Pitkin County: request for tax refund ‘a sham’ | AspenTimes.com

Pitkin County: request for tax refund ‘a sham’

John Colson
The Aspen Times
Aspen, CO Colorado

ASPEN ” Pitkin County commissioners last week defiantly declared that some large landowners use small-scale agricultural production to avoid paying property taxes, which one commissioner termed “a sham.”

That means that some time in July the commissioners, acting as the Board of Equalization, will once again be asked to consider the very same case that prompted last week’s unhappiness ” the case of the Majestic Properties LLC of Louisiana, which owns a 35-acre hunk of land in the Chaparral subdivision in Woody Creek, formerly known as the Braun Ranch.

The commissioners rejected the May 14 request by Majestic owners’ for a tax refund from the 2005 and 2006 tax year, which would have sharply reduced the property owner’s tax bills for those years.

According to a letter from Larry Fite, chief appraiser for the Pitkin County Assessor, “The actual value [of the land] will be changed from a vacant land value of $3.9 million to an agricultural value of $7,900 with a reduction in taxes from $29, 419.59 to $59.56 for 2005, and from $30,923.80 to $62.60 for 2006.”

In 2005, Fite said, the entire 553-acre Chaparral property was rezoned from agricultural to vacant but unimproved, because “it didn’t seem to meet the criteria of agricultural land.”

But, according to documents provided by Fite, the land was “irrigated and hayed for a profit” from 2003 through 2006, and produced $435 worth of hay last year against expenses of more than $34,000.

It is the money made from the hay that justifies an “agricultural” designation, according to state law. Fite told the board, because, “You just have to show you’re operating with the intent of making a profit,” whether profit is realized or not.

“So how is it conceivable that, with the sale of $435 worth of hay, and expenses of $34,000, how it is conceivable that they will someday make a profit?” demanded Commissioner Michael Owsley. “It seems to me that there is no hope of making a profit, and this is just a sham process.”

Fite noted that the figures provided by the landowners are from the owners’ early tenure on the land, and that their efforts to make money on hay are viewed under the law as evidence of “long-term plans” for a profitable operation.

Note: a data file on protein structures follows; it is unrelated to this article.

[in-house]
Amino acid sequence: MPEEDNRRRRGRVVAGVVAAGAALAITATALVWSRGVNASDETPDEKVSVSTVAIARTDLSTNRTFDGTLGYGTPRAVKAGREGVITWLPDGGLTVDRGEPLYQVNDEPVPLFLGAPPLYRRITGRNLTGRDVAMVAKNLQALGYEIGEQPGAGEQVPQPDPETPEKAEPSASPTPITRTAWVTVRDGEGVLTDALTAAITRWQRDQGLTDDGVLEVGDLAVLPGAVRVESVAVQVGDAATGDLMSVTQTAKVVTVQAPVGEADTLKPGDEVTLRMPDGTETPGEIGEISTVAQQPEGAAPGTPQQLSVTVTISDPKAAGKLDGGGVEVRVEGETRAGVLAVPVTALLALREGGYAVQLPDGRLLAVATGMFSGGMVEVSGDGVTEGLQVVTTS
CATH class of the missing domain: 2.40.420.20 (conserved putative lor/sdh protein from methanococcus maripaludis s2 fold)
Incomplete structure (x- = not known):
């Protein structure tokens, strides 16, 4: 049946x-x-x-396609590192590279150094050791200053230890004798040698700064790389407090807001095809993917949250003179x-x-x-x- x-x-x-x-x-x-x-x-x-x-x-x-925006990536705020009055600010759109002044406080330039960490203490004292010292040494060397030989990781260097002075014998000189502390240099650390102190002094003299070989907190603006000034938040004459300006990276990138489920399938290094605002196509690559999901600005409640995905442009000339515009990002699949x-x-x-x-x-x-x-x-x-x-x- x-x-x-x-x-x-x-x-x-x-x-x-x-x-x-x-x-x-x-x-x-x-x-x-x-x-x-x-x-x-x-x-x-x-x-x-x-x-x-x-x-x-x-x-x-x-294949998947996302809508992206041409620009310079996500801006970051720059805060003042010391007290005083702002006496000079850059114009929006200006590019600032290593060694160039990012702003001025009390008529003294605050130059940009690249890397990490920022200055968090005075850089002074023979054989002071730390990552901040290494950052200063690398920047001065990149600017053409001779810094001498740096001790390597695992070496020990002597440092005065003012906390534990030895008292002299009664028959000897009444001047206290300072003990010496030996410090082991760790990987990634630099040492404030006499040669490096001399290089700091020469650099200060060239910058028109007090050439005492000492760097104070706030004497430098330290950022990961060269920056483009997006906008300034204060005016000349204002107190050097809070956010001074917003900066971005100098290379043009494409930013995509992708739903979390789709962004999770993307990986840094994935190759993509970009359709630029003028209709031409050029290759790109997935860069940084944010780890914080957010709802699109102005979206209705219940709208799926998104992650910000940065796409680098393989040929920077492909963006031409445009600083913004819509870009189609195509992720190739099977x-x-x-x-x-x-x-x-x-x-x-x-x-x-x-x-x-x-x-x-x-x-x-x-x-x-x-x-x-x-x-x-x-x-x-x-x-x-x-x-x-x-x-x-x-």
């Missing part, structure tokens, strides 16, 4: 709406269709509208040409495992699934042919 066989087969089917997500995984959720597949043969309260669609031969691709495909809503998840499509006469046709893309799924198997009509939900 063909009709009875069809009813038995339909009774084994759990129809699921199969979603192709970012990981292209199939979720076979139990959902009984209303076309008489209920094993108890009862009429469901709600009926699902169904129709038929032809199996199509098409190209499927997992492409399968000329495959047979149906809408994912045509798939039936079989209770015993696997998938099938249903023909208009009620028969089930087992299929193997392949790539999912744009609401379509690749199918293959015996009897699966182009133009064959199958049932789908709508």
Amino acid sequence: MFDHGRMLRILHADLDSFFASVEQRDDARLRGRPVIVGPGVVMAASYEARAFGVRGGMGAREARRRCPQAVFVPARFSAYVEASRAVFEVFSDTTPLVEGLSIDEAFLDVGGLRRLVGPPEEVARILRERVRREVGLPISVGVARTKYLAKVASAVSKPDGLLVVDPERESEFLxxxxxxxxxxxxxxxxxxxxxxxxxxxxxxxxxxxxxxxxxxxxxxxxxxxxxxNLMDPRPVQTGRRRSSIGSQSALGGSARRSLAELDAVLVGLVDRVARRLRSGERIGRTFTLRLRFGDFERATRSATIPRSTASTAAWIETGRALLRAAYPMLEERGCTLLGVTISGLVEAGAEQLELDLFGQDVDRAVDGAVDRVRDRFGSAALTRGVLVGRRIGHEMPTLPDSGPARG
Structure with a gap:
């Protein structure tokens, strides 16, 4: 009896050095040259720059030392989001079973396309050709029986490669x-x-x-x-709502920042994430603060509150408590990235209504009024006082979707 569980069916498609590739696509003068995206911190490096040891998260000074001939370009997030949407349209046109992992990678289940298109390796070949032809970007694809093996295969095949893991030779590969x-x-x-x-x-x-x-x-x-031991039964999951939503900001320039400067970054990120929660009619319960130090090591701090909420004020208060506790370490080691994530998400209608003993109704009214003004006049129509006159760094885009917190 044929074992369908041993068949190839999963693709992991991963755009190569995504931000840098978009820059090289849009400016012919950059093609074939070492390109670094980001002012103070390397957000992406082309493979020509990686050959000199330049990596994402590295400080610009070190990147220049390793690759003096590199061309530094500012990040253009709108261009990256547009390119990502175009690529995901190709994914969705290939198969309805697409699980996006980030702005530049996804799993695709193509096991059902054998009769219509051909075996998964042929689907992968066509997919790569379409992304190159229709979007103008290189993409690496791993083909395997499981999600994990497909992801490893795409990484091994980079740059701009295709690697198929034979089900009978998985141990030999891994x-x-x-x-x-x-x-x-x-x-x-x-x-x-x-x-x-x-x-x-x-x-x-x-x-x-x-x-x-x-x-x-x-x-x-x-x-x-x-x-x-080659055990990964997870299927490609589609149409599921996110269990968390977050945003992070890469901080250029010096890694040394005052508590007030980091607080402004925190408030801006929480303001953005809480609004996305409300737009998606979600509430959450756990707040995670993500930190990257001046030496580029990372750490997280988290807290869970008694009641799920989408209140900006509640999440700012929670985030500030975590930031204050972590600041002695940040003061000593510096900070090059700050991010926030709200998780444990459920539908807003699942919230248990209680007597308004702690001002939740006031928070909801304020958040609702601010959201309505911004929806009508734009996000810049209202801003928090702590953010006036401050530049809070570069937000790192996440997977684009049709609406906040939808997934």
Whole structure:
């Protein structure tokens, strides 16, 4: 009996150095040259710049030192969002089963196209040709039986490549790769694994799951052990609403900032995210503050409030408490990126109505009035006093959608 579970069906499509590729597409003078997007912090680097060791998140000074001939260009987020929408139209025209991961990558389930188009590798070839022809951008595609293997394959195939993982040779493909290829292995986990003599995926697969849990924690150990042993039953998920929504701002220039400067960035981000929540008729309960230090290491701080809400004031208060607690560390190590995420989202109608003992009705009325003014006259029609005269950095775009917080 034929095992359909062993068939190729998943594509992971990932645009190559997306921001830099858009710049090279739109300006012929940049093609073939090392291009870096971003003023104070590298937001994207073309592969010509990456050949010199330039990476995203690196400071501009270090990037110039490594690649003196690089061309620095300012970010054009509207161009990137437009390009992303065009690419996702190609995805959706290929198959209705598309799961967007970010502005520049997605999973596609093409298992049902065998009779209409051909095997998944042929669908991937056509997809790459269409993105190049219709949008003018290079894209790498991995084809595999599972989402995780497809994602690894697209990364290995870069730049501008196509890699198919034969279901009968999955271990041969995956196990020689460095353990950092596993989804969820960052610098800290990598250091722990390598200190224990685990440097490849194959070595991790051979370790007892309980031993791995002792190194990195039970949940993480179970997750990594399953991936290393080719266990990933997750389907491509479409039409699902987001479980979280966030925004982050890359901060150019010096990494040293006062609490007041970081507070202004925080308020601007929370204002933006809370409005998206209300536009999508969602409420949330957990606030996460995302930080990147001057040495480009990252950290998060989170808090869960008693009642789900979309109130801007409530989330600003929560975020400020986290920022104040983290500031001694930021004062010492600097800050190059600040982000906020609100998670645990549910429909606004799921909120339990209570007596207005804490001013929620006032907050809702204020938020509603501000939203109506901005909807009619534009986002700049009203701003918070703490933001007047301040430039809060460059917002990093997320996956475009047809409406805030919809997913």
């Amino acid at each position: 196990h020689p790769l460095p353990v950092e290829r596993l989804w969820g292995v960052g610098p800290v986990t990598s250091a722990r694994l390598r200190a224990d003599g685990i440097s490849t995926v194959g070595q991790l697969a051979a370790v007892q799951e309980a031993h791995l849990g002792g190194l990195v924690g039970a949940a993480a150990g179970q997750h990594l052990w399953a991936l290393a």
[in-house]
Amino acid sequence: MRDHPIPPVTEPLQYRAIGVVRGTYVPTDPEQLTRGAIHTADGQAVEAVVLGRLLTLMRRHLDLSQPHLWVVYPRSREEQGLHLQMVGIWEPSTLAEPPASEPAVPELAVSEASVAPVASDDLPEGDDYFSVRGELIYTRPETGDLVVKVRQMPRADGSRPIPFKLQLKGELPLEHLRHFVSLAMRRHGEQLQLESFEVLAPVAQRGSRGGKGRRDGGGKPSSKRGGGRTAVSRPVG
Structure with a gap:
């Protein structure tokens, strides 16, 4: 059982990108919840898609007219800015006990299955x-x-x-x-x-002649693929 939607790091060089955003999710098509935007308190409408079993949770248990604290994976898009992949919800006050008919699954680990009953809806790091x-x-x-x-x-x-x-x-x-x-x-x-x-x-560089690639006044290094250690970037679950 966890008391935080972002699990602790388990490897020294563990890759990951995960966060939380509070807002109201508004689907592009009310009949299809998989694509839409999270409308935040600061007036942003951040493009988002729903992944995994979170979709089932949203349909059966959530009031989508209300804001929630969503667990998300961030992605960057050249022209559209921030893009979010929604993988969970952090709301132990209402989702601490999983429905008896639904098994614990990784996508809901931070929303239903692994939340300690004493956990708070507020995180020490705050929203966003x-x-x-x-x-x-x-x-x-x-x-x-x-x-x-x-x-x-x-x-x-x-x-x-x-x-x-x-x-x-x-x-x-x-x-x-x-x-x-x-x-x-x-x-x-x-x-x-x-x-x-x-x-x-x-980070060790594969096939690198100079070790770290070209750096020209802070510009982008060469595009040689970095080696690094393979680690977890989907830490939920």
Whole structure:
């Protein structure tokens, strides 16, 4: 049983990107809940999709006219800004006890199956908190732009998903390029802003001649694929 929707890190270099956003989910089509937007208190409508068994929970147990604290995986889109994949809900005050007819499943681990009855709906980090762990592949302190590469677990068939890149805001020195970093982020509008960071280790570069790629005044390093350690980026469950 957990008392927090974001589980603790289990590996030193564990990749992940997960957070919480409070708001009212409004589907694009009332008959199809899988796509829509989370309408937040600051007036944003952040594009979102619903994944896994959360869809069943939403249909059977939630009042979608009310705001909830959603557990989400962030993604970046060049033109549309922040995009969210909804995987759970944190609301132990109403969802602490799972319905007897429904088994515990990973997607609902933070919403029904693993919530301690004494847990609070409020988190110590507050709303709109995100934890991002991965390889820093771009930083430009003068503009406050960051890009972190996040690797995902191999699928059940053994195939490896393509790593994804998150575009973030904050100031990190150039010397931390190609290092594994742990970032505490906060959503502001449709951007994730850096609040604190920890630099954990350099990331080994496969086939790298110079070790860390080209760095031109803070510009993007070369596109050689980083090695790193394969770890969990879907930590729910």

“I just don’t see that happening,” Owsley said. “This is a sham … perpetrated on the commissioners and every citizen in Pitkin County,” because it takes property off the tax rolls at a time when the county is facing mounting urbanization and rising costs.

Commissioner Dorothea Farris, seeming to be in agreement with Owsley, noted that the Majestic application for agricultural designation includes $1,200 in tax preparation costs as “expenses” in the agricultural operation, and quipped, “Perhaps this is why people say, ‘We really live well in Pitkin County and have really low taxes.'”

She moved to pull the Majestic tax abatement request from the, “consent section of the board’s meeting agenda. Had it stayed on the consent agenda, along with another tax abatement request, it would have been approved with all the other items on that part of the agenda.

“I don’t think that is the formal denial of the abatement,” Fite said of the commission’s action. “I think that is the formal denial of the assessor’s recommendation.” Fite had recommended approval of the abatement, based on several factors.

That means the matter now goes to the Pitkin County Board of Equalization for an appeal.

That board, however, is made up of the same five members who sit on the Board of County Commissioners, some of whom already spoke out against the Majestic request at the May 14 meeting. The sole dissenting vote came from Commissioner Patti Clapper.

Asked whether the Majestic property owners can expect the same kind of reception at the Board of Equalization, Fite replied, “I can’t say that that’s a predetermined outcome.”

If the tax abatement request is turned down by the Board of Equalization, the property owners have three options ” appeal to the state-level Board of Assessment Appeal in Denver or Grand Junction; take the matter to district court; or submit to binding arbitration.